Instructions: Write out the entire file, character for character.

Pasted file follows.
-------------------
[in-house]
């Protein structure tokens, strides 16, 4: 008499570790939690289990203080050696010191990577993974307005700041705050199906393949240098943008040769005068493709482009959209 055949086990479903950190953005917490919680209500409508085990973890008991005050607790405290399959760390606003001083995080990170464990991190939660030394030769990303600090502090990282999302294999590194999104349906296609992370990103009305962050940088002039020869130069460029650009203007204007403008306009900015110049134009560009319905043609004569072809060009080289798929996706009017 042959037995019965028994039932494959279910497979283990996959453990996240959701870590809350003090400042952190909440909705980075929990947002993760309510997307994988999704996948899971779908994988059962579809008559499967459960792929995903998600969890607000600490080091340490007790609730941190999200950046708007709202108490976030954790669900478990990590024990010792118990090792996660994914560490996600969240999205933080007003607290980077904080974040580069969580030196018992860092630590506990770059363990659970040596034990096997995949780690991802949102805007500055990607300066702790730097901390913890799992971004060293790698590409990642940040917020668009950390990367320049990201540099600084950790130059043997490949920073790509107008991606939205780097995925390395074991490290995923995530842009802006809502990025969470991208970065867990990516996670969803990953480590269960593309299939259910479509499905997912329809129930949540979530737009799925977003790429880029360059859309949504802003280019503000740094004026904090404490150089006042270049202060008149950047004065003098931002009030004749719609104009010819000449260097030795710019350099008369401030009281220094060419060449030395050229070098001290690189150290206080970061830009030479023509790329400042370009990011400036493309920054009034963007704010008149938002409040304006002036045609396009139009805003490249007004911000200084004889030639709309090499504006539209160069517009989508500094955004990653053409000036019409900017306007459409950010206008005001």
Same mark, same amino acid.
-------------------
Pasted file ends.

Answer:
[in-house]
């Protein structure tokens, strides 16, 4: 008499570790939690289990203080050696010191990577993974307005700041705050199906393949240098943008040769005068493709482009959209 055949086990479903950190953005917490919680209500409508085990973890008991005050607790405290399959760390606003001083995080990170464990991190939660030394030769990303600090502090990282999302294999590194999104349906296609992370990103009305962050940088002039020869130069460029650009203007204007403008306009900015110049134009560009319905043609004569072809060009080289798929996706009017 042959037995019965028994039932494959279910497979283990996959453990996240959701870590809350003090400042952190909440909705980075929990947002993760309510997307994988999704996948899971779908994988059962579809008559499967459960792929995903998600969890607000600490080091340490007790609730941190999200950046708007709202108490976030954790669900478990990590024990010792118990090792996660994914560490996600969240999205933080007003607290980077904080974040580069969580030196018992860092630590506990770059363990659970040596034990096997995949780690991802949102805007500055990607300066702790730097901390913890799992971004060293790698590409990642940040917020668009950390990367320049990201540099600084950790130059043997490949920073790509107008991606939205780097995925390395074991490290995923995530842009802006809502990025969470991208970065867990990516996670969803990953480590269960593309299939259910479509499905997912329809129930949540979530737009799925977003790429880029360059859309949504802003280019503000740094004026904090404490150089006042270049202060008149950047004065003098931002009030004749719609104009010819000449260097030795710019350099008369401030009281220094060419060449030395050229070098001290690189150290206080970061830009030479023509790329400042370009990011400036493309920054009034963007704010008149938002409040304006002036045609396009139009805003490249007004911000200084004889030639709309090499504006539209160069517009989508500094955004990653053409000036019409900017306007459409950010206008005001």
Same mark, same amino acid.